An Honest Appraisal of NYC’s First Plant-Based Corned Beef

Two New Yorkers walk into a deli serving fake cured meat …

February 21, 2020 9:08 am
sarge's deli corned beef
At Manhattan's iconic Sarge's, an "alternative" version of a deli staple has arrived
Eli London

When I was 11 years old my family and I embarked on a three-week cross-country road trip from Cleveland to the Pacific Northwest and back. We mostly traveled on backroads eating in small mom-and-pop restaurants, which I would recommend everyone does. One thing I would not recommend is a tragic mistake I made along the way, when we found ourselves at the Tommyknocker Brewery in Idaho Springs, Colorado.

There, having seen nary a quality bagel or deli in weeks, I was delighted to see a corned beef sandwich on the menu. Both of my Jewish parents looked at me with apprehension and shook their heads before laying upon me a life lesson I will take to my grave: “I wouldn’t order that. There are no Jews in this town.” 

Of course I was 11, so I ordered it, took one bite, proclaimed it yucky and asked if I could order something else. Luckily my parents obliged, but only on the condition I never try a stunt like that again. 

The whole point of this anecdote is not to paint my parents as zealots (I wasn’t even mitzvah’d), but to lead us to the obvious conclusion that given New York’s booming Jewish population, it has some pretty damn good deli meats. So when I saw a recent Grub Street article confirming that Sarge’s, a Murray Hill institution since 1964, is now slinging plant-based corned “beef,” I knew I had to try it. I also realized this was too big of a responsibility to take on alone, so I enlisted the help of fellow skeptic and born-and-bred New Yorker Josh Goldstein.

Unless you’ve been dwelling in a jar full of salty water and pickling spices for the past few years, you know that plant-based meats are having a moment. For both very real environmental reasons and very debatable health reasons, fake meat companies are popping up everywhere, the two biggest being Impossible and Beyond, both of which have distribution deals with major fast-food chains.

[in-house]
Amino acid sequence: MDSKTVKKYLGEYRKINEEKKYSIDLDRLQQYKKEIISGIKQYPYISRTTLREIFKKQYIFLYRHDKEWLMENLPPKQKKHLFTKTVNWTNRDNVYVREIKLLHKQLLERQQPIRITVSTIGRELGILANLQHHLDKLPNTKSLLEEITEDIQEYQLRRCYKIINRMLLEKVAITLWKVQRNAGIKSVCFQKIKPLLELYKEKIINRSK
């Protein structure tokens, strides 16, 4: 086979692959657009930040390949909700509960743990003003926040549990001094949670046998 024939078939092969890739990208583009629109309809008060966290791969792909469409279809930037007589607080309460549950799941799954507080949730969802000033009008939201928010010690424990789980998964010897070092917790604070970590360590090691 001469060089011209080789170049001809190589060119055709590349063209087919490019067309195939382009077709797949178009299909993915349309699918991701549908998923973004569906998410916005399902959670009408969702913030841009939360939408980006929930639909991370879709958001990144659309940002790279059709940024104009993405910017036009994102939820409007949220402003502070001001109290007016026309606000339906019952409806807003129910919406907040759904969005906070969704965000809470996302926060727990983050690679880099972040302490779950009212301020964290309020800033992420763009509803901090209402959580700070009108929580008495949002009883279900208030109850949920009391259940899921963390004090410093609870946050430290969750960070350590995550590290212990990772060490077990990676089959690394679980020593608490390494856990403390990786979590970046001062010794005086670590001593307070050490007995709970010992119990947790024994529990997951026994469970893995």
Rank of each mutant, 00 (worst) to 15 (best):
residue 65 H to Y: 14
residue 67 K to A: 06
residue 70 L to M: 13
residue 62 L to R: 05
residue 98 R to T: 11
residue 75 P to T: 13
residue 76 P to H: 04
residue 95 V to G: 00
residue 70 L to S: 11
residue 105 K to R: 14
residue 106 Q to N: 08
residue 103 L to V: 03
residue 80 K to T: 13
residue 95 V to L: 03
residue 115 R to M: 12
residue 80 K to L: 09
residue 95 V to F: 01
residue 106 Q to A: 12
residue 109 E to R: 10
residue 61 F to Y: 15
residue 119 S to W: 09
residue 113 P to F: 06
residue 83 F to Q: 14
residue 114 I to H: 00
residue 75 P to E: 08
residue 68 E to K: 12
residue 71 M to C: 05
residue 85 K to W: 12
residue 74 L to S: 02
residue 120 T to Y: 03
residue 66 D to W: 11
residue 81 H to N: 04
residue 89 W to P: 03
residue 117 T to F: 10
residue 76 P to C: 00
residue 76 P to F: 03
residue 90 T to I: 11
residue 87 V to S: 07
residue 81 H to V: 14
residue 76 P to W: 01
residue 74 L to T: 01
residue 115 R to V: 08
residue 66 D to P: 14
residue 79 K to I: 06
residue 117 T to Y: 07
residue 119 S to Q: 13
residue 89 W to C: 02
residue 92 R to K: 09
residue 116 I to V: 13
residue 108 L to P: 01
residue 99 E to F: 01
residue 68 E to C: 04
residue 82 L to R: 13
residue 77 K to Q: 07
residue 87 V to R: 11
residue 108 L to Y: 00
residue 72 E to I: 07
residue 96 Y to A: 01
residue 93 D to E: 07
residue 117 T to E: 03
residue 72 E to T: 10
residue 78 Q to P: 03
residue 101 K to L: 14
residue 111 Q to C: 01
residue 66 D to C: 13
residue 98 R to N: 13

The fake corned beef at Sarge’s, however, comes from Mrs. Goldfarb’s Unreal Deli, a name that immediately tells you they know their way around a seder plate. The company gained notability by securing an investment on Shark Tank, and their wares are available via mail order and, as is the point of this article, in a handful of delis around the country. Most of them are in California right now; Sarge’s is the first in New York City.

The exterior of the deli is classic New York, with a red-and-white awning and menus plastered all over the front window. The interior is more of the same, with large-armed men fastidiously cutting meat behind a counter while motherly women tend to tables surrounded by leather banquettes. 

I saw no signs for the plant-based corned beef at the entrance and nothing on the menus either. When we asked our server if they had it, she looked confused at first, then realized what we were talking about. We ordered one regular corned beef and one Mrs. Goldfarb’s. Josh contested that he would rather have pastrami, but conceded after I explained to him that we needed to pit the fake meat against its bovine counterpart for a true tête-à-tête. Plus I told him I was paying, so he had no choice.

When the sandwiches arrived, the optics were striking. The real corned beef was a lighter pink shade and piled high, wedging the top slice of rye back at a severe angle. The fake corned beef was heaped more modestly, closer resembling a sandwich you would make at home than one of the piled-high creations New York delis are known for. It should be noted here that the Goldfarb’s was $6 cheaper than the real thing, which accounts for some of that difference in volume.

fake corned beef sarge's deli
Guess which one used to be a cow. (Eli London)

We first sampled slices of each meat neat, sans bread or mustard. The real corned beef was in my opinion pretty close to perfect. I like my corned beef cut lean, which can be a controversial opinion, and that’s exactly what Sarge’s delivers. It wasn’t overpowering or too salty. Josh said he would have preferred a little more spice, perhaps a passive-aggressive callback to the pastrami debate.

Next up was the Goldfarb’s, markedly darker and browner than the real thing and lacking the iconic cross-hatches connected by webs of fat that make corned beef, well, corned beef. It was more comparable in appearance to gyro meat than anything else. There was definitely flavor, but not exactly that of corned beef. We both looked at each other. “I mean it’s not … bad,” Josh remarked. And it wasn’t … it just wasn’t corned beef, or on par with some fake burgers I’ve had that were genuinely convincing doppelgangers. It had some good spices, which, going back to the gyro comparison, recalled Middle Eastern flavors. The meat is derived from chickpea, beet and tomato, so that makes sense. 

When our server swung by to check on us I was curious as to what the reaction had been from other patrons who ordered the fake meat. Kathy Simonetti is a veteran of Sarge’s with 14 years under her belt, and she said she hasn’t had any complaints so far, and that diners have generally been fans of it. She estimates that she serves one or two a day, with a handful of other servers doing similar numbers.

The Goldfarb’s corned beef is something I would eat again — just not if I had a real hankering for corned beef. Sometimes I have a craving for a veggie burger over a real burger, and I could see myself seeking this out for similar reasons. Josh was less enthused, and I don’t see a future Goldfarb’s order in his future. But given Kathy’s reports of customer enthusiasm, it’s really something you just need to go and try out yourself, if you — like us — are curious and so inclined.


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